The word of the day is: Selfishness. This is the one thread that binds many of our current social ills together. Selfishness is behind those who proclaim loudly they need not support our schools since they no longer have any students of school age. Selfishness is behind those who claim they made it on their own, and therefore have no sympathy for those who may need a hand up. Selfishness is behind those who claim their decision not to be vaccinated affects only them, they have no responsibility for the rest of society. Selfishness is behind those who believe fervently that any public policy aimed at providing a needed service is symptomatic of creeping communism.
It was Ayn Rand who popularized selfishness. Before her books hit the mainstream, it was unfathomable that people would believe it was a moral wrong to provide charity. But her memes infected many who gained power over the years. Her philosophy served as impetus for people like Paul Ryan to wield his gavel in the service of selfishness. For many years, it was not thought necessary to inveigh against her beliefs, since the predominant philosophy from mainline Protestantism was Christian charity. That some of the charity was done by government was viewed as a necessary evil, and thus many of the programs set up became infested with bureaucratic means testing which often served to demean anyone who tried to use the “free money”. So people were prohibited from accumulating assets if they used a government program, since they could “afford” to go without the money if they had any assets whatsoever.
There is no doubt that the desire to prevent people from living high off of the dole has caused many programs to be bloated with government overhead. And many folks who could benefit from the programs, refuse to be subjected to the oversight of the government masters. Even the age of technology has been an impediment, since private enterprise is able to use technology efficiently to implement things like rewards programs, while government programs such as unemployment are saddled with antiquated systems totally incapable of dealing with the surges our new economy is able to create.
So the belief that anyone who became dependent on government support was morally inferior caught on with more and more of the population. Meanwhile, the private sector kept on evolving, while the government sector kept getting throttled and prevented from adopting new technology. Well, now we have seen the effects. An economy where the number of unemployed and the number of job openings are both high. An economy where private home ownership becomes unaffordable to more and more of the population, while inadequate investment in affordable housing creates legions of homeless populating the streets of major urban areas. Will we use the disruption created by the pandemic to remake the fundamentals of this economy? Or will we jump at the chance to regain a semblance of normality, and accept the human detritus unable to climb aboard the economic ship as a cost of doing business?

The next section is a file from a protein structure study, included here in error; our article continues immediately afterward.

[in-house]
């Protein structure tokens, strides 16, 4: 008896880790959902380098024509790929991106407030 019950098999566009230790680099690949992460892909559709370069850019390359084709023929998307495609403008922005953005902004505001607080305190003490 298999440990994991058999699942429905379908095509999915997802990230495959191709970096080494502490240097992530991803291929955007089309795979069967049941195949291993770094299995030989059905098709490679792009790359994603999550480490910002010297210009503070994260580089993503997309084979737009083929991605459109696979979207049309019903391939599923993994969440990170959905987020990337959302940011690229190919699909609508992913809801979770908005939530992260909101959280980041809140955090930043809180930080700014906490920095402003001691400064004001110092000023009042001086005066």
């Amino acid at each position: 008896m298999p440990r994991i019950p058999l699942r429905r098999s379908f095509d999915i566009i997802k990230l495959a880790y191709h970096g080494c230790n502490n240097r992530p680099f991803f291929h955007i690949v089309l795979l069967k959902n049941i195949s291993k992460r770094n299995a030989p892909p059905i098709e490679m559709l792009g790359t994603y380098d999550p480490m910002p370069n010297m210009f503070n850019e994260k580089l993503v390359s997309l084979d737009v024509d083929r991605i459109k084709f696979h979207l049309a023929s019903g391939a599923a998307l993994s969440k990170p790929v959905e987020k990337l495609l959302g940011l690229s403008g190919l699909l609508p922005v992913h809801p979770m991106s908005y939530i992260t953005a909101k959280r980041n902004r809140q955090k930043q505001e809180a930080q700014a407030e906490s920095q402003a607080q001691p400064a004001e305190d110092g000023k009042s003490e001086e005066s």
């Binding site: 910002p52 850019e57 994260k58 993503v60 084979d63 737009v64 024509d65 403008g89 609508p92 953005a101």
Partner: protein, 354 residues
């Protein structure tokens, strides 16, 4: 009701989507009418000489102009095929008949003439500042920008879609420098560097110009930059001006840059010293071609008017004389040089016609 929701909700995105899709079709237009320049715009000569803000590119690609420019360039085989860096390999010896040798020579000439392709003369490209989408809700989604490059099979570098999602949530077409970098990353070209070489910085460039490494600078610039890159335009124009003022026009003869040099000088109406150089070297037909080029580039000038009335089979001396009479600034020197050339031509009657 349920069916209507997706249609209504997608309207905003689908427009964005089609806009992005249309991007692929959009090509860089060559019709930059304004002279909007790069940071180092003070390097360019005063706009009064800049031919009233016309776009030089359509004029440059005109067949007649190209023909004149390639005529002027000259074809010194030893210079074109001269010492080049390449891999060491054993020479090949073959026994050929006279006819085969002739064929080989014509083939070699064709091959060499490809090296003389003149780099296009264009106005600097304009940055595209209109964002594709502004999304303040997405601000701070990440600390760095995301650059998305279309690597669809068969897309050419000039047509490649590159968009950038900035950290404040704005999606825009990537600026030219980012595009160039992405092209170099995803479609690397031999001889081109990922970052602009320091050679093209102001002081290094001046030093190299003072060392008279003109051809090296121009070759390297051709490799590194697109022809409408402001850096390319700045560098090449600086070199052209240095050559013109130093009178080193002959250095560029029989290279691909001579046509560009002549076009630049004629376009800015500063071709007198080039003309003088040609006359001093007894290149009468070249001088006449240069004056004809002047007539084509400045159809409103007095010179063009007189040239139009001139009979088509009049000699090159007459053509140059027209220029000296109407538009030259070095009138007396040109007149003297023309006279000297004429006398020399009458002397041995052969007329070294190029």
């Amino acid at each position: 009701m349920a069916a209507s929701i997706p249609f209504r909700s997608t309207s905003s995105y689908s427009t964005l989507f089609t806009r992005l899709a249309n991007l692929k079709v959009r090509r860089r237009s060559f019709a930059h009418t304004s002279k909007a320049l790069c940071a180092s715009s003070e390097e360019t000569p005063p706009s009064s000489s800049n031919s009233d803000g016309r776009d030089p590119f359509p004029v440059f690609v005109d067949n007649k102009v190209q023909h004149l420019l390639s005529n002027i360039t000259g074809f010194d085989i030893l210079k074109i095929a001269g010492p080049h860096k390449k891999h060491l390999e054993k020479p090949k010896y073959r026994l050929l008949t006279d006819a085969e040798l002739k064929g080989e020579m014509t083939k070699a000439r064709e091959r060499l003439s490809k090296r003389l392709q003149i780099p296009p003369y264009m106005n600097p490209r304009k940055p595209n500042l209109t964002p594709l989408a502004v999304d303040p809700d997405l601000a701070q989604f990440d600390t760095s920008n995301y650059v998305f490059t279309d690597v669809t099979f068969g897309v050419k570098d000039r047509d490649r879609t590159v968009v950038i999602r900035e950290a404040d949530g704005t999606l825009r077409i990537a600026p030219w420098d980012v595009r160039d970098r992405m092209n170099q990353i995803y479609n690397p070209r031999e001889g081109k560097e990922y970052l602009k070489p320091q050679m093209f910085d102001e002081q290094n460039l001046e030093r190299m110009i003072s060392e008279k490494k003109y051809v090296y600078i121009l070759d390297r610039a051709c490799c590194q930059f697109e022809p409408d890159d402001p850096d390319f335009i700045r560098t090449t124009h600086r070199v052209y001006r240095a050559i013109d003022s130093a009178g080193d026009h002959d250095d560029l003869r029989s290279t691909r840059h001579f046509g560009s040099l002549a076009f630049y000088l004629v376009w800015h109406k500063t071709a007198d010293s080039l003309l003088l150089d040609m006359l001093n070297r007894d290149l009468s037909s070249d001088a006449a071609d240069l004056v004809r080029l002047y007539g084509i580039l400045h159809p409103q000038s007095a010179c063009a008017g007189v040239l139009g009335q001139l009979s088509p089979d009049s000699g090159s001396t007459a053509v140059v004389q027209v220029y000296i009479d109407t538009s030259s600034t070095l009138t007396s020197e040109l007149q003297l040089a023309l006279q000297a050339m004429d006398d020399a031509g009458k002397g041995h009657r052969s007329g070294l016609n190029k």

Even with the increased spending aimed at maintaining private consumption, we still find it nigh unto impossible to give the IRS additional funds aimed at collecting legal taxes due. Any attempt to include additional revenues from tax collection as offsets for additional spending were quashed. Why? Because of selfishness and a misguided belief that the government is already too intrusive on our lives, we certainly should not give them additional funding. So its ok to reduce taxes on the wealthy, but not ok to ask the wealthy to not cheat and to pay their fair share. I view this as an overt form of hypocrisy from our political classes. Though the Congressional Budget office predicts that $80 billion in additional spending will result in $200 billion in increased revenues over the next 10 years, the IRS is a Republican boogeyman, which makes any effort to increase its budget problematic at best. Let’s just chalk up one more issue that is falling prey to selfishness. Please note that IRS audits have increasingly focused on potential abuse of the earned income credit, where a few thousand dollars are at stake. The IRS is outgunned on dealing with higher income folks, and cannot take on the army of accountants and lawyers the rich can employ. So the bipartisan infrastructure bill lost its IRS component, leaving a long-term plan to address IRS changes in limbo.
Sooner or later, the concept of a guaranteed basic income will come to pass. If this is enacted, with no means testing, then it will prove to be an incentive to work, since benefits will not decrease with salary. As much as people may detest the idea of folks sitting on their asses, living it up on the government’s dime, we may need this type of program to rebalance the power differential between the wealthy few and the many who struggle in today’s economy. Think of it. We can eliminate welfare departments and greatly reduce the overhead required to administer benefit programs. As more jobs are eliminated due to automation and AI, this type of floor may be needed to prevent mass starvation and mass homelessness.
At some point, those who do not share in the prosperity around them, even though they work for wages, will realize they have the power to disrupt the lives of those who are comfortable. The right decried the demonstrations of 2020, where commercial properties were looted and burned. What will they do when it is the gated communities that become the target for mass action by those who do not believe they have anything to lose? If you don’t accept programs to improve the hope of the many, you just may receive the backlash from those who have no hope.